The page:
The UTSA Roadrunners hit the practice floor on Wednesday afternoon, opening preseason workouts confident that they can build on a winning tradition established by departed scoring stars Jhivvan Jackson and Keaton Wallace.
With Jackson and Wallace, the Roadrunners produced a 65-60 record in four seasons, including 38-32 in Conference USA. The team forged winning conference records in three of four years with the duo, who left UTSA as the Nos. 1 and 2 scorers in school history.
Prior to their arrival, UTSA basketball was down, riding a dismal stretch of five straight years with losing records, both overall and in conference. So, while some of their own fans may worry about how the team can replace the two, the new group is hardly fazed by the challenge.
UTSA sophomore Jordan Ivy-Curry says he thinks he and his teammates will be fine. Asked by a reporter what life will be like without Jackson and Wallace, Ivy-Curry didn’t hesitate with his response. “It’s going to be better,” he said.
“We’re going to be better,” said Ivy-Curry, who is projected as the team’s starter at shooting guard. “Even without Keaton and Jhivvan, you know, they were great scorers, but I feel like we have some great guys that came in. They can do the same.”
Based on how the team competed in a three-hour workout at the Convocation Center, it’s obvious that the Roadrunners are different, perhaps better defensively, with a fleet of lengthy, athletic forwards and guards.
It remains to be seen how they will fare, though, without the dominant backcourt scoring prowess that Jackson and Wallace supplied.
“Obviously it’s a different feel out there,” UTSA coach Steve Henson said. “A lot of new energy. A lot of new faces. A lot of hungry guys. A lot of guys that are going to be fighting for roles. They think they’re fighting for shots. They need to be fighting for roles.
“But I think you can sense the excitement, the newness, the freshness.”
Also, the quickness.
With a potential starting wing group that consists of Ivy-Curry, along with newcomers Darius McNeill and Dhieu Deing, both of them transfers, the Roadrunners showed in the first workout how they can get up and down the court in a hurry.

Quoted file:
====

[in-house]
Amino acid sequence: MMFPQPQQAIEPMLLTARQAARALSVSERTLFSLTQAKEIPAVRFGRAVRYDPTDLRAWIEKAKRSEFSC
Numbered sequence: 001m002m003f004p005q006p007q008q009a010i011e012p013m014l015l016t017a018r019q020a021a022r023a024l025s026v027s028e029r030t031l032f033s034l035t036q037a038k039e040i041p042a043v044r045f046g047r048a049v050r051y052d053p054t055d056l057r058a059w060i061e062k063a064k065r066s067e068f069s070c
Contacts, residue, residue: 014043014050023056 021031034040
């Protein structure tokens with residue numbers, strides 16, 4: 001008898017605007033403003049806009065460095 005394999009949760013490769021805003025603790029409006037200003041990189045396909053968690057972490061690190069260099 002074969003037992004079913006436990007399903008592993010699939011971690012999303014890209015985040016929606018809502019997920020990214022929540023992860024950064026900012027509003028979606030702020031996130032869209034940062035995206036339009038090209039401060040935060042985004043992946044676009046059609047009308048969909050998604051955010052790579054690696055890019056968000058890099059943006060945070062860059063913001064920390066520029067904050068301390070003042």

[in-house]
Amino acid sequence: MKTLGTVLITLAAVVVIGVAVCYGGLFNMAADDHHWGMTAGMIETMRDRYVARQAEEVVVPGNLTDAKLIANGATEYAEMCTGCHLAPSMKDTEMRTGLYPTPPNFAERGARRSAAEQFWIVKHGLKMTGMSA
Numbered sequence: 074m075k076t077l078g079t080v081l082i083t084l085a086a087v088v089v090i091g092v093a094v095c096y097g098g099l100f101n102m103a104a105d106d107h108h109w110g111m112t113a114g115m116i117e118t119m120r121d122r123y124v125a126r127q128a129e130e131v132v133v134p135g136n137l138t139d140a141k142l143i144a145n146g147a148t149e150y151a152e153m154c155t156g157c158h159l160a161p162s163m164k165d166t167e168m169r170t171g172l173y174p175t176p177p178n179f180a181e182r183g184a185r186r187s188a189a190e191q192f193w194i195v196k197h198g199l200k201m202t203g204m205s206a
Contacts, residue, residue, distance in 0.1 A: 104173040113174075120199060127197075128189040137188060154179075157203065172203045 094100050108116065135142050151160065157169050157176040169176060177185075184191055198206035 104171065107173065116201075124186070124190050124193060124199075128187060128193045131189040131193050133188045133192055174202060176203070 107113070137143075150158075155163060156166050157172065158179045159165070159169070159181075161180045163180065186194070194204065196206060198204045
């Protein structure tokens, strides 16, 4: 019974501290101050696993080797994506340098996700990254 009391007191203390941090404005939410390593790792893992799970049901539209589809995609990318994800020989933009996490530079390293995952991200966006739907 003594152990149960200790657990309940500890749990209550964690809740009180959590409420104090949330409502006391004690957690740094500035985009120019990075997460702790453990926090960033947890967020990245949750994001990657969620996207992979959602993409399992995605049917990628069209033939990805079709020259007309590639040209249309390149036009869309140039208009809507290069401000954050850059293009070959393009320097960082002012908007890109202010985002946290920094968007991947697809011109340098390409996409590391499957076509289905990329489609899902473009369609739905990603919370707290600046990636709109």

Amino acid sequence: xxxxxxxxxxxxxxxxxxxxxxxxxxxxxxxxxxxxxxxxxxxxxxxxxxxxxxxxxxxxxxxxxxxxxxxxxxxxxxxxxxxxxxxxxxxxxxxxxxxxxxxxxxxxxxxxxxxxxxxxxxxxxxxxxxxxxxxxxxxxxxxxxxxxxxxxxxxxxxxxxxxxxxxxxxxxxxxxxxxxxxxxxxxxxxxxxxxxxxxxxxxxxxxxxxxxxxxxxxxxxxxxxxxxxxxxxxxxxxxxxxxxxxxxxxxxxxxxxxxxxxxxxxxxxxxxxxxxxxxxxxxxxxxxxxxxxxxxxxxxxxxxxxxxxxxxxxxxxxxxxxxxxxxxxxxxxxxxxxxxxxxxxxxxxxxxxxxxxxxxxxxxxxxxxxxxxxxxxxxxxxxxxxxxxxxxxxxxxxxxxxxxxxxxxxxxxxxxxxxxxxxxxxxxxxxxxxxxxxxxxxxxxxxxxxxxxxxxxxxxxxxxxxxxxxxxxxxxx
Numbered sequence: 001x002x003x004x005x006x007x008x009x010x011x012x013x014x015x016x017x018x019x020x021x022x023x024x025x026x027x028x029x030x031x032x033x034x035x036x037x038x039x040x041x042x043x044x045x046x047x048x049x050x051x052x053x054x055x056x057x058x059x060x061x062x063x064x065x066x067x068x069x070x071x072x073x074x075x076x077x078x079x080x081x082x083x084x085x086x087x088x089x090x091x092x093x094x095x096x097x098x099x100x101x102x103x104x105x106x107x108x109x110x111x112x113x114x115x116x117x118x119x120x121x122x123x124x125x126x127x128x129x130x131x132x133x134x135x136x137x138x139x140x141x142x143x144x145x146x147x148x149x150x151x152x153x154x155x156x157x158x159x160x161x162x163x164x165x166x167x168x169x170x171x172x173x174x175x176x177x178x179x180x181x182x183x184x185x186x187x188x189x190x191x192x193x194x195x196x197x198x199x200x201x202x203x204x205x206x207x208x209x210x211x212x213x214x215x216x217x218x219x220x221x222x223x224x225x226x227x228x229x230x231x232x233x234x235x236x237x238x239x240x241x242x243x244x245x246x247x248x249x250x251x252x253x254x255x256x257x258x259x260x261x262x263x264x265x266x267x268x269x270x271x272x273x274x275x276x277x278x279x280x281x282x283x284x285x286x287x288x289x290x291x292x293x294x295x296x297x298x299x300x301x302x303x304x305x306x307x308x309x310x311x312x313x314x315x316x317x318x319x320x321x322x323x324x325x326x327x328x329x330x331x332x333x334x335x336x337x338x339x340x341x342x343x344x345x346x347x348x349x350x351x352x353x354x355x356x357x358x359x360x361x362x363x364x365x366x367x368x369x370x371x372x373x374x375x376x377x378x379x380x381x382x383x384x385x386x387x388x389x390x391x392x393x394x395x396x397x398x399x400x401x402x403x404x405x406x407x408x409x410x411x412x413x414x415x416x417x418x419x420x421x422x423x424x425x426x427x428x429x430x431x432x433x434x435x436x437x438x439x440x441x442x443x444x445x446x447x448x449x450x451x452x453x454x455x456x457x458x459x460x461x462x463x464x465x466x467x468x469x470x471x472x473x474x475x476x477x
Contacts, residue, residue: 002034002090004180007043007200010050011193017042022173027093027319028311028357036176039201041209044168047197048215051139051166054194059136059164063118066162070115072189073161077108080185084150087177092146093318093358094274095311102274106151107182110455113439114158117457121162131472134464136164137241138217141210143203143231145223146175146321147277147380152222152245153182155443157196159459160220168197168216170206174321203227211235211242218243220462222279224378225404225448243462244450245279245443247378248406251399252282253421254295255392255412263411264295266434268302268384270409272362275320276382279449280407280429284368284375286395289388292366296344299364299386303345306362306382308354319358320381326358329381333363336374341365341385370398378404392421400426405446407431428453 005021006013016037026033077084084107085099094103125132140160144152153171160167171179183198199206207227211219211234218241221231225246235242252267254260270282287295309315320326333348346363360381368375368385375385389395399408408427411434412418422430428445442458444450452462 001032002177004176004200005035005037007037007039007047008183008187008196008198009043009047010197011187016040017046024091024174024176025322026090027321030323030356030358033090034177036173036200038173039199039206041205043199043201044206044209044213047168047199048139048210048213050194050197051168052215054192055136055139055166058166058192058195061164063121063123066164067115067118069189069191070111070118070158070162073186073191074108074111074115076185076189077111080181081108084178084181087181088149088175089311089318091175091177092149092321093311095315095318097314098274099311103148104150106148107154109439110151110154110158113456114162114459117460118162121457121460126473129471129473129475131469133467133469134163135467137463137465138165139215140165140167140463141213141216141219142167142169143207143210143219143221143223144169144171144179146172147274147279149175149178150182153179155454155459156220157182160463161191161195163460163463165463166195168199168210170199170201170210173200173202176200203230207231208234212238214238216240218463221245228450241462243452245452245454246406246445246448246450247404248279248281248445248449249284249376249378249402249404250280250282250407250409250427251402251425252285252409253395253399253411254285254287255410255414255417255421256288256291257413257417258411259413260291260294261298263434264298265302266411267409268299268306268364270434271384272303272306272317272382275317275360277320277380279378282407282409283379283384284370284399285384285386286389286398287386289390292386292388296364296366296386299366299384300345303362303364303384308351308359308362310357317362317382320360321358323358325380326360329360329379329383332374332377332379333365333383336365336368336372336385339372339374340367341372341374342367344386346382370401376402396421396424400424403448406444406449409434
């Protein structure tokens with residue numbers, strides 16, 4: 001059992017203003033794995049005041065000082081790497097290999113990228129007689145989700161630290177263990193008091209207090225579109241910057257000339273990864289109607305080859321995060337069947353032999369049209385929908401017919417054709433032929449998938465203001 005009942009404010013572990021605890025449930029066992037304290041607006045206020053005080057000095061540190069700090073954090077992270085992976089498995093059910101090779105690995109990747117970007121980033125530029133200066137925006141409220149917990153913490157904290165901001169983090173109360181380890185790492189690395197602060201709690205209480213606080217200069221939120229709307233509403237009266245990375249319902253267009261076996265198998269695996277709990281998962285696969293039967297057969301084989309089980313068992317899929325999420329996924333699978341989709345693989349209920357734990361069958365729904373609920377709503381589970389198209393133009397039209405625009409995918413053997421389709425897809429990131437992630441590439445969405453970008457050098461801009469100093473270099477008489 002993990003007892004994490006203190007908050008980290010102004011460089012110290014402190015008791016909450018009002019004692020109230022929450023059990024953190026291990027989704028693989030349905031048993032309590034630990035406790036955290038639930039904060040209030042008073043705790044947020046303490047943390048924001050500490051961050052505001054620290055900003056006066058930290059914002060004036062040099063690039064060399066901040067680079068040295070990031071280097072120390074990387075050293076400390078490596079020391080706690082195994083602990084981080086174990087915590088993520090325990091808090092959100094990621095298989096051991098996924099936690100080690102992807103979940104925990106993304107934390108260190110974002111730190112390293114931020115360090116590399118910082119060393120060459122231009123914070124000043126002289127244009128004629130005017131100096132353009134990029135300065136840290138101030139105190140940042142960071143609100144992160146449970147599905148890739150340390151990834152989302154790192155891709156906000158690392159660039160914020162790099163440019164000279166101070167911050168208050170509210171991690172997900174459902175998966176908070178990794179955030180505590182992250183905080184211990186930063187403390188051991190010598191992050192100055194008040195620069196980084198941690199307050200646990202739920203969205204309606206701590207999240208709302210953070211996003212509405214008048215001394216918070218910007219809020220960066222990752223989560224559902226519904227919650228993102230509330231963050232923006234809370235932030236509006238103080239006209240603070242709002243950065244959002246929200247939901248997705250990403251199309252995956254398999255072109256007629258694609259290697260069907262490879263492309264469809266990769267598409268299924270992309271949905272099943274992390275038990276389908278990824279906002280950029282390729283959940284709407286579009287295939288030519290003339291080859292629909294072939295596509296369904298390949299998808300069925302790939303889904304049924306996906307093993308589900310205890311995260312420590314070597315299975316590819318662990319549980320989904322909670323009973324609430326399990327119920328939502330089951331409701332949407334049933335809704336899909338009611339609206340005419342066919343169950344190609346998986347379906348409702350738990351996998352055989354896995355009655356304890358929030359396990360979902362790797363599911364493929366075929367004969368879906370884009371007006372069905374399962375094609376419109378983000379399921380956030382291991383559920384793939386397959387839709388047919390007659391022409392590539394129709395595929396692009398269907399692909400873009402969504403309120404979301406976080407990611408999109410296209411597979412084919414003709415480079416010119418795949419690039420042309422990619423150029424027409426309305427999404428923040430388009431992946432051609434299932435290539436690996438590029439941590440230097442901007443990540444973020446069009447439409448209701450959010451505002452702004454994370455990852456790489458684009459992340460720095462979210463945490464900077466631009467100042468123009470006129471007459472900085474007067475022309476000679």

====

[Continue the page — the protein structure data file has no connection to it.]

In addition, UTSA also exhibited a physical presence in the paint with 6-11 Jacob Germany and 6-6, 230-pound power forward Cedrick Alley Jr., both of them holdovers from last year’s team that finished 15-11 overall and 9-7 in the C-USA.
Scrimmage highlights that stood out on the first day included a fast break led by McNeill, who jetted down the court, passing a few defenders along the way.
When he reached the paint, the former two-year starter at Cal in the Pac-12 stopped and two-handed a bullet pass to the corner.
When the ensuing jump shot misfired, Deing swept in from the wing to tip it in.
Deing may have had the most and memorable moments of any of the newcomers on opening day. When he wasn’t spotting up to hit threes, he showed off deft ball-handling and passing skills.
On one play, he drove baseline, attracted a defender and dumped off a pass to Lachlan Bofinger for a layup.
Even with the offensive flair on display, players cheered loudest for good defensive plays, an emphasis from the start of team building during summer workouts.
A confident group is coming together with the season opener scheduled for Nov. 9 at home against Trinity.
“Oh, we going to be better,” Ivy-Curry said. “Just watch.”
Forward Dhieu Deing scores on a put-back Wednesday on the first day of UTSA basketball practice. Guard Darius McNeill sets up the play by advancing the ball on the dribble and passing to the wing. pic.twitter.com/NX47dxhmiS
— Jerry Briggs (@JerryBriggs) September 29, 2021
Finding a home
McNeill said it felt good to get out on the floor with his new teammates. It felt especially good because, only last Friday, UTSA announced that he had been cleared by the NCAA to play immediately without having to sit out a year.
After two years at Cal, McNeill moved to Dallas in 2019 to attend SMU, hoping to be closer to his Houston home. Also, hoping to play right away. It didn’t happen. Denied by the NCAA, he sat out all of 2019-20 before finally getting a shot with the Mustangs last season.
Feeling restless last spring, McNeill elected to transfer again, and UTSA answered the call.
“When I first came in, it was like, up and down,” he said. “I was sad, because I didn’t want to go through the same thing I did at SMU. Nobody understands, you practice every day and you’re working for something and they tell you, ‘No.’
“It was like a hurt feeling. Now I get to play. My family gets to come see me play and I get to help the team win.”
Jordan Ivy-Curry lobs for Jacob Germany, who throws down a slam Wednesday on the first day of UTSA basketball practice. pic.twitter.com/C4k0TTdfzl
— Jerry Briggs (@JerryBriggs) September 29, 2021
Maturing as a player
Feeling good physically, 6-foot-11 center Jacob Germany also has a sense of ease that comes from being a veteran college player. A few years ago, he was a freshman, uncertain about his ability to play the college game at a high level.
Now, he’s a junior, feeling settled and more sure of himself.
“It’s definitely different,” he said. “Big mindset change. Confidence, you know, is a lot higher. Freshmen come in and most of ’em are going to be scared and just trying to fit in. I enjoy it more now. I feel more comfortable. It’s really nice, honestly.”
Newcomer Dhieu Deing circles to the baseline, drives and makes a sweet dish to Lachlan Bofinger, who gets an easy layup during UTSA's first practice. https://t.co/hyCDEtJ4sq pic.twitter.com/1JTHdteJhi
— Jerry Briggs (@JerryBriggs) September 30, 2021